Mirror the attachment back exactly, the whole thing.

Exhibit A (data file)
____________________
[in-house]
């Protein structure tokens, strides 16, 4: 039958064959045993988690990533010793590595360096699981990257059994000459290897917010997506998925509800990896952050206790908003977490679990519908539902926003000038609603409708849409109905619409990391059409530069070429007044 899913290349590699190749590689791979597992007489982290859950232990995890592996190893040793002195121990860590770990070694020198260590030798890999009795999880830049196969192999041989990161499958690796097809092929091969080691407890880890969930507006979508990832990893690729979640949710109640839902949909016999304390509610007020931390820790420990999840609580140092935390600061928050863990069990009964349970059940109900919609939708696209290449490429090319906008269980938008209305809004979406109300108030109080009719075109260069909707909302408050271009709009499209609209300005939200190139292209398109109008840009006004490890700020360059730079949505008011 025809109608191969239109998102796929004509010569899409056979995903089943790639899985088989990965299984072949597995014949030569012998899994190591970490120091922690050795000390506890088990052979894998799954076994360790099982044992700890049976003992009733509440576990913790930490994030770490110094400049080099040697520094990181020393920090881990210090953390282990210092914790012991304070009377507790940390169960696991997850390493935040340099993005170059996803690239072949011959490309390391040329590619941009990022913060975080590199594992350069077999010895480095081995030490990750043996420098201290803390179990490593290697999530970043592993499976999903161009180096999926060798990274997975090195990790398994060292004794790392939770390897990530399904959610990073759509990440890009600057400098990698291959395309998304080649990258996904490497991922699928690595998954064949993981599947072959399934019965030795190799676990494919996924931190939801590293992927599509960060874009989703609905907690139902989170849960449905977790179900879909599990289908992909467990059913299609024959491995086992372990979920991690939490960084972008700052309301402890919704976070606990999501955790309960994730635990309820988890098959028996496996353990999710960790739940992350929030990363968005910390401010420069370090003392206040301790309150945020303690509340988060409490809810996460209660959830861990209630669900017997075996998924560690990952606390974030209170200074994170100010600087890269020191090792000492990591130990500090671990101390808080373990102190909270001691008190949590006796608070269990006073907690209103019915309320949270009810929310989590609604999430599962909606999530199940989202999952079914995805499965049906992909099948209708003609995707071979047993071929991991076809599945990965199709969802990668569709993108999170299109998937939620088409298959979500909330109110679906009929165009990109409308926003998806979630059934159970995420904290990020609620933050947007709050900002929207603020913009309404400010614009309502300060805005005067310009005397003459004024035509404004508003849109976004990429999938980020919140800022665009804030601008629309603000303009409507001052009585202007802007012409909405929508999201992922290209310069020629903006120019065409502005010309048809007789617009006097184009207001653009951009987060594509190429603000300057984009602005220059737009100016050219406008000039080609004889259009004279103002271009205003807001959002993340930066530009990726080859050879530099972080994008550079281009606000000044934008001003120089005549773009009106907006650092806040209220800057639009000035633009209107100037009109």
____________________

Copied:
[in-house]
């Protein structure tokens, strides 16, 4: 039958064959045993988690990533010793590595360096699981990257059994000459290897917010997506998925509800990896952050206790908003977490679990519908539902926003000038609603409708849409109905619409990391059409530069070429007044 899913290349590699190749590689791979597992007489982290859950232990995890592996190893040793002195121990860590770990070694020198260590030798890999009795999880830049196969192999041989990161499958690796097809092929091969080691407890880890969930507006979508990832990893690729979640949710109640839902949909016999304390509610007020931390820790420990999840609580140092935390600061928050863990069990009964349970059940109900919609939708696209290449490429090319906008269980938008209305809004979406109300108030109080009719075109260069909707909302408050271009709009499209609209300005939200190139292209398109109008840009006004490890700020360059730079949505008011 025809109608191969239109998102796929004509010569899409056979995903089943790639899985088989990965299984072949597995014949030569012998899994190591970490120091922690050795000390506890088990052979894998799954076994360790099982044992700890049976003992009733509440576990913790930490994030770490110094400049080099040697520094990181020393920090881990210090953390282990210092914790012991304070009377507790940390169960696991997850390493935040340099993005170059996803690239072949011959490309390391040329590619941009990022913060975080590199594992350069077999010895480095081995030490990750043996420098201290803390179990490593290697999530970043592993499976999903161009180096999926060798990274997975090195990790398994060292004794790392939770390897990530399904959610990073759509990440890009600057400098990698291959395309998304080649990258996904490497991922699928690595998954064949993981599947072959399934019965030795190799676990494919996924931190939801590293992927599509960060874009989703609905907690139902989170849960449905977790179900879909599990289908992909467990059913299609024959491995086992372990979920991690939490960084972008700052309301402890919704976070606990999501955790309960994730635990309820988890098959028996496996353990999710960790739940992350929030990363968005910390401010420069370090003392206040301790309150945020303690509340988060409490809810996460209660959830861990209630669900017997075996998924560690990952606390974030209170200074994170100010600087890269020191090792000492990591130990500090671990101390808080373990102190909270001691008190949590006796608070269990006073907690209103019915309320949270009810929310989590609604999430599962909606999530199940989202999952079914995805499965049906992909099948209708003609995707071979047993071929991991076809599945990965199709969802990668569709993108999170299109998937939620088409298959979500909330109110679906009929165009990109409308926003998806979630059934159970995420904290990020609620933050947007709050900002929207603020913009309404400010614009309502300060805005005067310009005397003459004024035509404004508003849109976004990429999938980020919140800022665009804030601008629309603000303009409507001052009585202007802007012409909405929508999201992922290209310069020629903006120019065409502005010309048809007789617009006097184009207001653009951009987060594509190429603000300057984009602005220059737009100016050219406008000039080609004889259009004279103002271009205003807001959002993340930066530009990726080859050879530099972080994008550079281009606000000044934008001003120089005549773009009106907006650092806040209220800057639009000035633009209107100037009109």